New “Hot Dog In Car” Law Will Grant First Responders Immunity

Lori Ennis
by Lori Ennis
A new bill in Pennsylvania sets out actions first responders can take to save pets who may be overheating in cars, and allows officials to charge pet owners for leaving animals in vehicles.

Pennsylvania Representative Frank Farry recently introduced a bill that will hopefully save pets from being left in hot cars, and dying as a result. The bill’s official name is the Motor Vehicle Extreme Heat Protection Act, and is unofficially being called the “Hot Dog In Car” bill. It not only allows police to charge pet owners who leave their animals in hot cars with a summary offense, but enables first responders and humane society officials to break into cars under rescue efforts without concern for any liability in doing so.

Related: Can Tesla’s Cabin Overheat Tech Save Dogs in Hot Cars?

Police Officers, firefighters and humane society officials who break into hot cars to rescue animals will be given immunity from any civil or criminal action taken against them, thus allowing even more chance to save dogs who would otherwise die in extreme temperatures.

The law was unanimously passed in the Pennsylvania House, with hopes that it will be fully passed by the Senate in the fall. Pennsylvania would then join 26 other states who have similar laws that look to protect animals left in cars in extreme weather conditions.

First Responders will be required to make a ‘reasonable search’ for the owners before doing whatever needed to be done to save the animal, and then required to leave a note for the owner that they’ve taken the pet to a local animal hospital. Police officials may also charge the pet owner with a nontraffic citation that has fines up to $300 or 90 days in jail. Representative Farry says the point of the bill is not to profit off those who leave pets in cars, but to raise awareness for what can be done to prevent pet deaths due to being left in cars. Rep. Farry is a volunteer fire chief and says that people sometimes just don’t know how severe the damage can be, including the death of a family pet.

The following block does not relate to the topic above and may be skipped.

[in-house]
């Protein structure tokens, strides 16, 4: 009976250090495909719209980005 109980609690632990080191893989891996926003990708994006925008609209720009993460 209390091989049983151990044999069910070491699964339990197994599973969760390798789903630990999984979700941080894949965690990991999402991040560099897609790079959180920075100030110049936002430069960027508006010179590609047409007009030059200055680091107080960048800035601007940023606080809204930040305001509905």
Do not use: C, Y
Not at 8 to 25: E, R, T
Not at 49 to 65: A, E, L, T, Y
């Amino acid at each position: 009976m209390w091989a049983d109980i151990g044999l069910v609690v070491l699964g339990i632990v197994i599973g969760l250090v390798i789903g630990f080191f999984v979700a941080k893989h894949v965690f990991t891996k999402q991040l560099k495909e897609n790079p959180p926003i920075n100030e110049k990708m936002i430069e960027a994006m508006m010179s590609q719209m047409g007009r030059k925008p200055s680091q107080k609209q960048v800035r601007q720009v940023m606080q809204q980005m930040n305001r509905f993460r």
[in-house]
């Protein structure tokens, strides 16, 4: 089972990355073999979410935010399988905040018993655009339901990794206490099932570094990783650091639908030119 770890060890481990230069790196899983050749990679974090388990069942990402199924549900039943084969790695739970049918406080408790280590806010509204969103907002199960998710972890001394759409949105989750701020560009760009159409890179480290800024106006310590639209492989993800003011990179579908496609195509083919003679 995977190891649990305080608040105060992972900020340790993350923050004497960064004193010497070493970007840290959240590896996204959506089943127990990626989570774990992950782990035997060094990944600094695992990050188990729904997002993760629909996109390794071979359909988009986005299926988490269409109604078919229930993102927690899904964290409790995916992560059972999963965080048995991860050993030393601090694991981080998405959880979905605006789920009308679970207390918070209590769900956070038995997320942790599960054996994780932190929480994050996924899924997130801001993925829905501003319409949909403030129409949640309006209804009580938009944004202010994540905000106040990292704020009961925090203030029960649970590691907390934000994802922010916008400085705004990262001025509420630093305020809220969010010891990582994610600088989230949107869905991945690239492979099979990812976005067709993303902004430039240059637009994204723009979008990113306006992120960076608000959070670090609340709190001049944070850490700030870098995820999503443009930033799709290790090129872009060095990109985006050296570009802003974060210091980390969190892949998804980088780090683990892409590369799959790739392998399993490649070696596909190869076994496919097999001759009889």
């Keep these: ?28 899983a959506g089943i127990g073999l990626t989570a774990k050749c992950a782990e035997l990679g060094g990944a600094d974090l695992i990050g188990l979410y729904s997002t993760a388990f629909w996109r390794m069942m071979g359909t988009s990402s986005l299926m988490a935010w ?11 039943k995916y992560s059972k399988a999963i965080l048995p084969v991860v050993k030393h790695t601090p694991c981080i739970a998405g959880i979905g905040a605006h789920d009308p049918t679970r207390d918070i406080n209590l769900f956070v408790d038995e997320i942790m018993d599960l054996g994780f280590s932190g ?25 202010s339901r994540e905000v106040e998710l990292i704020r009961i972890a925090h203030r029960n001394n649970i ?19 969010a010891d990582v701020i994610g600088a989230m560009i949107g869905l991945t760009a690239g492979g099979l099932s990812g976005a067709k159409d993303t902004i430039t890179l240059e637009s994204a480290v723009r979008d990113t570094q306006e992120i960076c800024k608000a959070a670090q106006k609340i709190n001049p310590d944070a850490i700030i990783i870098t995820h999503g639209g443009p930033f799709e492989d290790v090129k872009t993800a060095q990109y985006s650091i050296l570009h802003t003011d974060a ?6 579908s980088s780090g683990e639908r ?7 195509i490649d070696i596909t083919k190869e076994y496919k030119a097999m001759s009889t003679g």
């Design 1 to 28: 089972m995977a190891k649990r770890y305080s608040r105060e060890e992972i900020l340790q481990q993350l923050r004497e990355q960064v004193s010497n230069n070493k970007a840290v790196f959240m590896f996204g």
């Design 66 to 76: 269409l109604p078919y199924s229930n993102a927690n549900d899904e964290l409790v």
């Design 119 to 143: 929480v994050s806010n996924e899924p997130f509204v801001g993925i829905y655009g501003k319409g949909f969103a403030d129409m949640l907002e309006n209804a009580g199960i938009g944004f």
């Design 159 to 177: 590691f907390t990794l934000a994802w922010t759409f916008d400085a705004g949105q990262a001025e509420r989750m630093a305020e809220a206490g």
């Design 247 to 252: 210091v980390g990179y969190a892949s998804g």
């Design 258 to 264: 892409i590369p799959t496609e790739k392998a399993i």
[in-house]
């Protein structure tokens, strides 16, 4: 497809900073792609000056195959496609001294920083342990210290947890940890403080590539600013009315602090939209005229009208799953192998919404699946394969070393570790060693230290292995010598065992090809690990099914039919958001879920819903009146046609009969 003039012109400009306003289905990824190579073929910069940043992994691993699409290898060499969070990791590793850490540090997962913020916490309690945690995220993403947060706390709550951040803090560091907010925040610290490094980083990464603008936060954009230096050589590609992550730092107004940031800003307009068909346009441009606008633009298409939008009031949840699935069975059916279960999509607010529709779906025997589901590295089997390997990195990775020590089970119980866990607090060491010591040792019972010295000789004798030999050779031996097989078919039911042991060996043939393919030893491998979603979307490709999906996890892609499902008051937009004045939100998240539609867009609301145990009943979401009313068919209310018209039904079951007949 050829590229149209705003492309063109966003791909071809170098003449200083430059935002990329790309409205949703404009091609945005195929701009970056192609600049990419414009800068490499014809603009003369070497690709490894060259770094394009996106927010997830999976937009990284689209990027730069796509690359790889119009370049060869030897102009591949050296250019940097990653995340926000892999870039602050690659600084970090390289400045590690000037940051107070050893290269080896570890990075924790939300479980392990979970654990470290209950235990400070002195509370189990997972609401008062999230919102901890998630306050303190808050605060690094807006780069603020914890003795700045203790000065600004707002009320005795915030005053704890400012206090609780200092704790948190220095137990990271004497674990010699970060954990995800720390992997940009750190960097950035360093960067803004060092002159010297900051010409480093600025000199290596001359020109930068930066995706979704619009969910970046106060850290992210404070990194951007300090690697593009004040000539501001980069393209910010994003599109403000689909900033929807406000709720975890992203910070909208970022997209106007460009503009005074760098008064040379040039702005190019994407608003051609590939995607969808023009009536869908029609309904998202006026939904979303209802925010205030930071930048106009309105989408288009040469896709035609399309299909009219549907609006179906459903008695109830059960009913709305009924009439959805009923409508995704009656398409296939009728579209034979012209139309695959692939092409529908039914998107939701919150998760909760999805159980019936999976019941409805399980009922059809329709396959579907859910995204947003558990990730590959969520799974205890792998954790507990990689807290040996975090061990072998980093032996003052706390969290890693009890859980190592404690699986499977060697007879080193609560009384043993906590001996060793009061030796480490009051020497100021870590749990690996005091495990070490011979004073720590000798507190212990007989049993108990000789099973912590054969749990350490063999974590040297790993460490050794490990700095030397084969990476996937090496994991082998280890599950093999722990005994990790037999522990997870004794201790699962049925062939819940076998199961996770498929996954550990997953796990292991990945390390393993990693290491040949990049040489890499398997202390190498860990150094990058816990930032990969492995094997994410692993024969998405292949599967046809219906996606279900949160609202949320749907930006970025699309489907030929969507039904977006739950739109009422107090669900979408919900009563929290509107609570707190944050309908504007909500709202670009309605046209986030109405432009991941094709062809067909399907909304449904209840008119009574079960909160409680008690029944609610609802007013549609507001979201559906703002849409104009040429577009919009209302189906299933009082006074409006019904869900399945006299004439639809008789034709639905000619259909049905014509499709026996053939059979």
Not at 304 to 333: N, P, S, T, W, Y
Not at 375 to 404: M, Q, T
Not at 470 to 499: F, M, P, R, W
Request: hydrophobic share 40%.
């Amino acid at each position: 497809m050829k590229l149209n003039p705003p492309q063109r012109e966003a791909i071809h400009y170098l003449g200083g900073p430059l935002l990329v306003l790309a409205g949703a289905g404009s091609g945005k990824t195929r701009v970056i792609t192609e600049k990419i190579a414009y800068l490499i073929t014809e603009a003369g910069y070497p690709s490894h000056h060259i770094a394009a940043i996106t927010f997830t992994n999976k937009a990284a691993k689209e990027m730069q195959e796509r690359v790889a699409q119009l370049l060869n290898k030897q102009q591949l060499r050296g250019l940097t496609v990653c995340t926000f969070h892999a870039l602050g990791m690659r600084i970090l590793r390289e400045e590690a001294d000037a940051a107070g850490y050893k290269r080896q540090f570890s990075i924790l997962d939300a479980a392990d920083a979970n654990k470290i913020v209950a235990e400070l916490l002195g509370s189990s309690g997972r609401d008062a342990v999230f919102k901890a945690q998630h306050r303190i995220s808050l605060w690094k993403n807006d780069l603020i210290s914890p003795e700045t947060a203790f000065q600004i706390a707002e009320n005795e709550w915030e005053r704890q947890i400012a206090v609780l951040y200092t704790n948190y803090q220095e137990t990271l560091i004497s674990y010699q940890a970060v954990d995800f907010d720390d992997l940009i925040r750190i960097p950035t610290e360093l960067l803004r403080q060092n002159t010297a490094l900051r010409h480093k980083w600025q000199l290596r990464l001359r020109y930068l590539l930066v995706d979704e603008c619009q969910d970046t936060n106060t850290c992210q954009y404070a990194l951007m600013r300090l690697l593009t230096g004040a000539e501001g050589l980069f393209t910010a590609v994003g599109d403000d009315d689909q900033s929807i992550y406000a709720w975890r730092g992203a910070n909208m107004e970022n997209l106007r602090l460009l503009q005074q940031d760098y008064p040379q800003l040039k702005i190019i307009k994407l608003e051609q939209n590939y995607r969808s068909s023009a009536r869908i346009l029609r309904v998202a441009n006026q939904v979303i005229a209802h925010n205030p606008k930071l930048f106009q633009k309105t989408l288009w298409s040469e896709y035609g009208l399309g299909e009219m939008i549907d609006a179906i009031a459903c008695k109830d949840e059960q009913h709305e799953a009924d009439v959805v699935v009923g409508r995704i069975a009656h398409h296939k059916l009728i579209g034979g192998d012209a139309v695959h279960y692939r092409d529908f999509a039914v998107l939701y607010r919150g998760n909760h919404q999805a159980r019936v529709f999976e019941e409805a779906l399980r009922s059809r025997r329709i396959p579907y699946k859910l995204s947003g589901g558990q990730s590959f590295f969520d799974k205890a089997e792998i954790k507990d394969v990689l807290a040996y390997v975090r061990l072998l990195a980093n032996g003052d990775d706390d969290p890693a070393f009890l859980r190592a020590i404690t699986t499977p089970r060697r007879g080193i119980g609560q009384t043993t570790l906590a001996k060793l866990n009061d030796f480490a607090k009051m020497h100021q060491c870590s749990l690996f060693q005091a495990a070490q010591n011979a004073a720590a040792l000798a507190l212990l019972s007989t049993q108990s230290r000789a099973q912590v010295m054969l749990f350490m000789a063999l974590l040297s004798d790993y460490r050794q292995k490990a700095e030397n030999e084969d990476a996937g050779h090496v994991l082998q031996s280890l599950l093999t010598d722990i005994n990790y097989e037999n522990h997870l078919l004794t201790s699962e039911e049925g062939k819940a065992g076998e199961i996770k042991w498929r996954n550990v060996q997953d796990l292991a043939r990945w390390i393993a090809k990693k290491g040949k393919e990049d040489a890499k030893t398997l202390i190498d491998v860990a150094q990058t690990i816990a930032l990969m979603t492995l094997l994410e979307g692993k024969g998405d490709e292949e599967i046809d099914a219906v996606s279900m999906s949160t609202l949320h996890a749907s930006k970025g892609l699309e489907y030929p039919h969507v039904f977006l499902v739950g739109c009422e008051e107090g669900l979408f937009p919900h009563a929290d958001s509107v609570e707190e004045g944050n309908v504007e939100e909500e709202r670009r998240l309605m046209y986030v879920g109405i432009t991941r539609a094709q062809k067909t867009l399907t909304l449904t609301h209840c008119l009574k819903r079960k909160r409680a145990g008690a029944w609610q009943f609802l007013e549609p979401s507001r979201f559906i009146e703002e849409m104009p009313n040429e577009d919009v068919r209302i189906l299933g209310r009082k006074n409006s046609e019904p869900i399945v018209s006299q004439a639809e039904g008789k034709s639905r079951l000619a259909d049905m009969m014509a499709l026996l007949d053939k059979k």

Related: 5 Ways to Keep Your Cat Cool This Summer

Pennsylvania Humane Society director Kristen Tullo says that this bill will lead the way for education and be a strong measure toward prevention of future situations where pets are in danger. It will work hand in hand with the recent Libre Law signed into action that regulates animal cruelty charges and penalties.

Most importantly, Rep. Farry says, first responders will no longer remain helpless when it comes to protecting all the citizens of the state.

Lori Ennis
Lori Ennis

More by Lori Ennis